19th Century Oil Painting Battle "The Wounded Greek Attributed Abraham Cooper RA
Bring grandeur and drama to your home with this exquisitely detailed old master 19th Century Oil Painting Battle "The Wounded Greek Attributed Abraham Cooper RA." Featuring stunning brushstrokes and a captivating subject, this exquisite piece of art is sure to be the centerpiece of any room.
Subject portrait of a fallen greek soldier after an intense battle with 2 women who are looking over him and tending the injured man, one kneeling at right supporting his head and the other standing to the left holding the reins of the horse behind, as he lays on the floor holding his curved sword in his right hand, his hat is laying next to him on the floor. Further back his horse is standing upright in side profile facing left waiting looking concerned, wearing a beautiful decorative saddle. To the right you can view part of an ancient marble temple building. In the distant background to the left you can see clouds of dust from running horses and other warrior figures, with grey sky overhead.
- Oil on canvas.
- Title "The Wounded Greek".
- Reference sources, British Museum the 'Illustrated London News', 26 May 1849, p.348. 1849. British Museum number 1856,0913.127. Also see mutual art Abraham Cooper, also see alamy wonder greek engraving.
- Attributed to the British artist Abraham Cooper RA (1787–1868) he was a British animal and battle painter.
The son of a tobacconist, he was born in Greenwich, London on the 8th September 1787.At the age of thirteen he became an employee at Astley's Amphitheatre, and was afterwards a groom in the service of Henry Meux, a brewer and later the first of the Meux baronets.
- When he was twenty-two, wishing to possess a portrait of a favorite horse under his care, he bought a manual of painting, learned something of the use of oil-colours, and painted the picture on a canvas hung against the stable wall. His master bought it and encouraged him to continue in his efforts.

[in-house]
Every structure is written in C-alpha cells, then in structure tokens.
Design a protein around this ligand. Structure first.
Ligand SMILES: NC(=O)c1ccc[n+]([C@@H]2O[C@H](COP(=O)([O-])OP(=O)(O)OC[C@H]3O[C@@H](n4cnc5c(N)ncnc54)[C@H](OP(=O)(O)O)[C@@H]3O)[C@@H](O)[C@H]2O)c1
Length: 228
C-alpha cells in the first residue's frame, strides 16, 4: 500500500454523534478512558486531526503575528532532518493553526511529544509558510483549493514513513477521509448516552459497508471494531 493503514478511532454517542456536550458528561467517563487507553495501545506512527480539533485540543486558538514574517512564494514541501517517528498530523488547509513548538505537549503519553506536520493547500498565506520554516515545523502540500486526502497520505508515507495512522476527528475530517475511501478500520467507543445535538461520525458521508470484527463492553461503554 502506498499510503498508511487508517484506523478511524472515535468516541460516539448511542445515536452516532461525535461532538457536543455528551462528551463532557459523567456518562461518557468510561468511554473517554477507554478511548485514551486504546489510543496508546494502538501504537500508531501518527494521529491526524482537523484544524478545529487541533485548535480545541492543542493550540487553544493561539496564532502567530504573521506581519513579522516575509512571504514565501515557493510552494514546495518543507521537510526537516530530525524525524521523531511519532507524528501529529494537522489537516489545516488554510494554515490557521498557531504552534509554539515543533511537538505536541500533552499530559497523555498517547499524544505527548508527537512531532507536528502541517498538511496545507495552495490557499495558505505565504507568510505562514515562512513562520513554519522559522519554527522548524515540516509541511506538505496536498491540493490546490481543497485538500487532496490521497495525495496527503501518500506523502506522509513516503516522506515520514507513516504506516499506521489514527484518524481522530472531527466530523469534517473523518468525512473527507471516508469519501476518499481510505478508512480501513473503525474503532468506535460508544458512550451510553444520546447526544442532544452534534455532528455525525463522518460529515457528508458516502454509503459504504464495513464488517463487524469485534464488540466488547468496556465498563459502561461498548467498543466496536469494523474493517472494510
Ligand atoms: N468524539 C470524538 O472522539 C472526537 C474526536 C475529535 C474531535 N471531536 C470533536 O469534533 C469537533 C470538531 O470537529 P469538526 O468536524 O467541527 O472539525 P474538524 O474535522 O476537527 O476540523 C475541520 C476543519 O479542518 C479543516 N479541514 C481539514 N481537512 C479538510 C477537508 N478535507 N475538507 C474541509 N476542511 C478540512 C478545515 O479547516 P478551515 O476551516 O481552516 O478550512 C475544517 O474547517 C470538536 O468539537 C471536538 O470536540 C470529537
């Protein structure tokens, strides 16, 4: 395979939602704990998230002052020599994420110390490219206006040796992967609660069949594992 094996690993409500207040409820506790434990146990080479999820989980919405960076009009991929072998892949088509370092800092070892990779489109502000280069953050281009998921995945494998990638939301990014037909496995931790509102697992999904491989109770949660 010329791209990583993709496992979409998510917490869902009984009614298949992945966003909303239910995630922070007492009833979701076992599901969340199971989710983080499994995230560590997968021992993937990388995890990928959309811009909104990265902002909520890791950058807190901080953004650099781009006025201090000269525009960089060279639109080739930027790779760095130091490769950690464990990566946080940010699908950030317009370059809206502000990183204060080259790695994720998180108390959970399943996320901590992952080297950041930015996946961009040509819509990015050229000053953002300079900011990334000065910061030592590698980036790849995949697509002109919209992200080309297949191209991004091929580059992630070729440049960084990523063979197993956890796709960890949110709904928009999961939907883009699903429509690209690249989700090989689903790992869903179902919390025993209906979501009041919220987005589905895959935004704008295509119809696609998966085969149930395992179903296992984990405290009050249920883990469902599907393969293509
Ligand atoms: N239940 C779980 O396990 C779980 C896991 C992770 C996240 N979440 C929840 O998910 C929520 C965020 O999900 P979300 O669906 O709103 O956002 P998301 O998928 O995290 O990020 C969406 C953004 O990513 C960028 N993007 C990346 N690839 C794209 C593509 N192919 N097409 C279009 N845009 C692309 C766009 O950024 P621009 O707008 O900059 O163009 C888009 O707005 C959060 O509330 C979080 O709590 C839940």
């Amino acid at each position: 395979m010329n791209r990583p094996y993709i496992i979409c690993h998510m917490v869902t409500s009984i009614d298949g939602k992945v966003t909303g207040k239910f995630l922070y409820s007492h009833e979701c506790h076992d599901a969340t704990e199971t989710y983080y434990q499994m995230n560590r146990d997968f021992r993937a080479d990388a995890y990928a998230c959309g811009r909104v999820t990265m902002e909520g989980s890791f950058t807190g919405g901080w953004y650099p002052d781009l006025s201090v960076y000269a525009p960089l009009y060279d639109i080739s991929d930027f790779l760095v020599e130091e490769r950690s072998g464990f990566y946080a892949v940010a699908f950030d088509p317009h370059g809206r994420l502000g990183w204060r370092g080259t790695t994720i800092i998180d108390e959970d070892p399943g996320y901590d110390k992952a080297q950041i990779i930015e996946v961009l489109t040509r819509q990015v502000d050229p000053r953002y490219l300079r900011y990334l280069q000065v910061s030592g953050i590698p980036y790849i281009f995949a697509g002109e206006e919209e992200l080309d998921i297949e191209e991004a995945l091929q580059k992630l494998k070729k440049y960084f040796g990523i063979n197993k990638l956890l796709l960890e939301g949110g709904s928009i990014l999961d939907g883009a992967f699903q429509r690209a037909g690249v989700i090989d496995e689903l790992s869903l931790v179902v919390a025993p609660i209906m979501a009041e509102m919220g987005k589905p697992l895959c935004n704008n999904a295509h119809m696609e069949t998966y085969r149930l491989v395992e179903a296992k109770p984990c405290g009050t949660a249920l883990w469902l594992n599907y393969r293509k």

- He accordingly began to copy prints of horses, and was introduced to Benjamin Marshall, the animal painter, who took him into his studio, and seems to have introduced him to the Sporting Magazine, an illustrated periodical to which he was himself a contributor.
- In 1814 he exhibited his Tam O'Shanter, and in 1816 he won a prize for his Battle of Ligny. In 1817 he exhibited his Battle of Marston Moor and was made associate of the Royal Academy, and in 1820 he was elected Academician. Cooper, although ill-educated, was a clever and conscientious artist; his colouring was somewhat flat and dead, but he was a master of equine portraiture and anatomy, and had some antiquarian knowledge. He had a special fondness for Cavalier and Roundhead pictures. He died on the 24th December 1868 and is buried at the top of the western side of Highgate Cemetery (plot no.830), against the north wall.
- An exceptional artwork.
- Set in a later ornate gilt frame.
- Circa 19th century 1849.
- Such an impressive imposing scene to the eye.
- Highly sought after due to the collectible nature of Orientalist art.
- With hanging thread on the back ready for immediate home wall display.
- Incredible conversation piece for your guests.
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- Condition report.
- Offered in fine used condition.
- Front painting surface has various signs of craquelure, scuffs & some paint loss in places. Various foxing to the back of the canvas. Set in a later gilt frame which has general wear and in good overall order commensurate with usage & age.
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Dimensions in centimetres of the frame
Depth thickness of frame (3cm)